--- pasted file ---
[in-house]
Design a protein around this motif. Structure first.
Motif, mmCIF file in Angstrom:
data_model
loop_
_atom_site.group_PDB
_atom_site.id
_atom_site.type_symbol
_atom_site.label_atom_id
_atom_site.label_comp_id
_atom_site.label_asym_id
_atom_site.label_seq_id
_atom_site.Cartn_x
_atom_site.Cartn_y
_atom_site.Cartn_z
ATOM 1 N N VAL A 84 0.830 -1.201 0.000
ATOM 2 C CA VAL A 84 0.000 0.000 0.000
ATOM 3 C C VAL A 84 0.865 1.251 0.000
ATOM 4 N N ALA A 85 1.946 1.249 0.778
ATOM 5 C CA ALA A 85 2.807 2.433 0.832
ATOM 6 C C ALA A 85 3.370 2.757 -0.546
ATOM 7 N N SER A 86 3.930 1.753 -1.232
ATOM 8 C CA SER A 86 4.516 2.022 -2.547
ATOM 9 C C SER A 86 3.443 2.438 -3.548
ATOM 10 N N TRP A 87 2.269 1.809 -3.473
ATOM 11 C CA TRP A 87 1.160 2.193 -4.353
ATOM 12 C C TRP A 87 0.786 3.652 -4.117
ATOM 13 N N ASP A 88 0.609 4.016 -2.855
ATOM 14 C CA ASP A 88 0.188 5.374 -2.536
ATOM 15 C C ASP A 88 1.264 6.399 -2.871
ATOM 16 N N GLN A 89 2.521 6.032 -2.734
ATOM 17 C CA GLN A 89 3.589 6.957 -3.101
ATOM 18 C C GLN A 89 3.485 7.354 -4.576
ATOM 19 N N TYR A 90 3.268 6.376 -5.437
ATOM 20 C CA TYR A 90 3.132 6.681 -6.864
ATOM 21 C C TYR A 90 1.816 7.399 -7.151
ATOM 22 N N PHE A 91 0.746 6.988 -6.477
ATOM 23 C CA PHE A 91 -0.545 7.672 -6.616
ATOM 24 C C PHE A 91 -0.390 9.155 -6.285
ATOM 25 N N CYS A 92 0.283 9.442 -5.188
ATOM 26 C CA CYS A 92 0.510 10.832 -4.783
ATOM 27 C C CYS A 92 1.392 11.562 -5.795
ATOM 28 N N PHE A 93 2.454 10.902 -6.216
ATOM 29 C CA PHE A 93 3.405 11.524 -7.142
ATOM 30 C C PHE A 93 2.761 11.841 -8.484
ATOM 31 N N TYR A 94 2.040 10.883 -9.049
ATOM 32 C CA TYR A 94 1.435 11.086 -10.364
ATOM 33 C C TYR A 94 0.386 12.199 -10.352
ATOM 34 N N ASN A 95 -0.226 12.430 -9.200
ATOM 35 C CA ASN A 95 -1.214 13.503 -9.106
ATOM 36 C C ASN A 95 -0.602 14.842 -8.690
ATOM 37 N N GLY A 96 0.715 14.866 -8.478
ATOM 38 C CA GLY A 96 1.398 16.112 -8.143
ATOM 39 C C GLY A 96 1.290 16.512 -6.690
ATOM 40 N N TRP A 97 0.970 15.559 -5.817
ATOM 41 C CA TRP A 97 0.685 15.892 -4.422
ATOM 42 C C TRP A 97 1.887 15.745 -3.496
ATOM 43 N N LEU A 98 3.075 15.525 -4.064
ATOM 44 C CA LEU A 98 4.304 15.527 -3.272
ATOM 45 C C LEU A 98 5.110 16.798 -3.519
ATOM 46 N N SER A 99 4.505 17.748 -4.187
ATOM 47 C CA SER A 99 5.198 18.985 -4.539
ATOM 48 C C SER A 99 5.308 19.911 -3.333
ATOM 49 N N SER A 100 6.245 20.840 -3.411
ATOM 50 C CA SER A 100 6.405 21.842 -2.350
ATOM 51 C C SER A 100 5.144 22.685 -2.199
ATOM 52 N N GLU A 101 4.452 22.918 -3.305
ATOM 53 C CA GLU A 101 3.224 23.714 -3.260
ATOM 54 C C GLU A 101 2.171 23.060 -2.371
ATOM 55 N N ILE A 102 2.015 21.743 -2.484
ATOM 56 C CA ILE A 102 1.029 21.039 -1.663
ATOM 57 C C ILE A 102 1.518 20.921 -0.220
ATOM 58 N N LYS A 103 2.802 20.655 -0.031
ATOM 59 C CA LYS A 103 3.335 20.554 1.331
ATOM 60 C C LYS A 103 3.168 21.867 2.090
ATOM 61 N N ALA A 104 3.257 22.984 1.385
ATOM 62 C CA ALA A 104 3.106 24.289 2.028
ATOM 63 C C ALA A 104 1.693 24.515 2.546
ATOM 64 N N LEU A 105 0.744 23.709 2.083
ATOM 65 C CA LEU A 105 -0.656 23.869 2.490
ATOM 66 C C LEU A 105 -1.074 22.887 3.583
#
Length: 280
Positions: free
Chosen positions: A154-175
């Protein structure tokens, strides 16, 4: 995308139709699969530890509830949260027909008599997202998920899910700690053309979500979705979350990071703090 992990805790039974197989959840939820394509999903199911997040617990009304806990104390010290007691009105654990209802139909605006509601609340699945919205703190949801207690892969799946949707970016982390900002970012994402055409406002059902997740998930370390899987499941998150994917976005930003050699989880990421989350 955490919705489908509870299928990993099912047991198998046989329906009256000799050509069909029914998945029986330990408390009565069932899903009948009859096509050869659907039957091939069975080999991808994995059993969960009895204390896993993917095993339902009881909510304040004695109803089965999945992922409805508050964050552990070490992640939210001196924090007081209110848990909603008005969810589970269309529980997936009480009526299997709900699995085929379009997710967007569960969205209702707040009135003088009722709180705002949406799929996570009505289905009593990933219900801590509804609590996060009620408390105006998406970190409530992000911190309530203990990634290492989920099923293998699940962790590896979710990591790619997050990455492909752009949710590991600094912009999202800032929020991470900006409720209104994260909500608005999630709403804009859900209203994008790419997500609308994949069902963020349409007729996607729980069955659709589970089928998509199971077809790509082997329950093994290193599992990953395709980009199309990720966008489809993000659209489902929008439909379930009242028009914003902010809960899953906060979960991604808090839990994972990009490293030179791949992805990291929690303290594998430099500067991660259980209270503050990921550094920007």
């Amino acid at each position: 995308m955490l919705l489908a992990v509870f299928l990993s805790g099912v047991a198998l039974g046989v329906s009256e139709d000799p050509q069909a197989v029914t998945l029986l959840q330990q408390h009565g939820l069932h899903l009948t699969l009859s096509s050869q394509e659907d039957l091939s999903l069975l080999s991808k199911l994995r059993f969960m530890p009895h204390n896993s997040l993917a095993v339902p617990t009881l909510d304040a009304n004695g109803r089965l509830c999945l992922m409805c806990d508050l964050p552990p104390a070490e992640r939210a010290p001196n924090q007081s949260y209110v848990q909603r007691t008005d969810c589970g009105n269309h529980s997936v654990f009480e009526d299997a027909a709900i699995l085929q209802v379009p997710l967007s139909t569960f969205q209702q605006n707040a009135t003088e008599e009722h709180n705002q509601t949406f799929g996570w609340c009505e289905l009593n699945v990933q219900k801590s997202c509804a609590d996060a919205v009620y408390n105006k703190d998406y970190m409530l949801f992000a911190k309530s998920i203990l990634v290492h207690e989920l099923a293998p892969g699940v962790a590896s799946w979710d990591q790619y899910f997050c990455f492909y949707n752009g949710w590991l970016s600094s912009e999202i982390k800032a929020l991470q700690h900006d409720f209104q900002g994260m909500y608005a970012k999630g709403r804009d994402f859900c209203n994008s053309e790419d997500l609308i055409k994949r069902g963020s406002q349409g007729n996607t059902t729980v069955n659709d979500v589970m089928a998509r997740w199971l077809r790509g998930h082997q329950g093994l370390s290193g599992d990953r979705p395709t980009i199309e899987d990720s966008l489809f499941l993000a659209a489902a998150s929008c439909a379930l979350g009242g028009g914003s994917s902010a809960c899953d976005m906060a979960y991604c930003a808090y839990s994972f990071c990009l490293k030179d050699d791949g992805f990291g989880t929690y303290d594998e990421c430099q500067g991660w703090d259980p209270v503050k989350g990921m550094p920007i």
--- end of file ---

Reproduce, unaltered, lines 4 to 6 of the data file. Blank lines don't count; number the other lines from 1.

data_model
loop_
_atom_site.group_PDB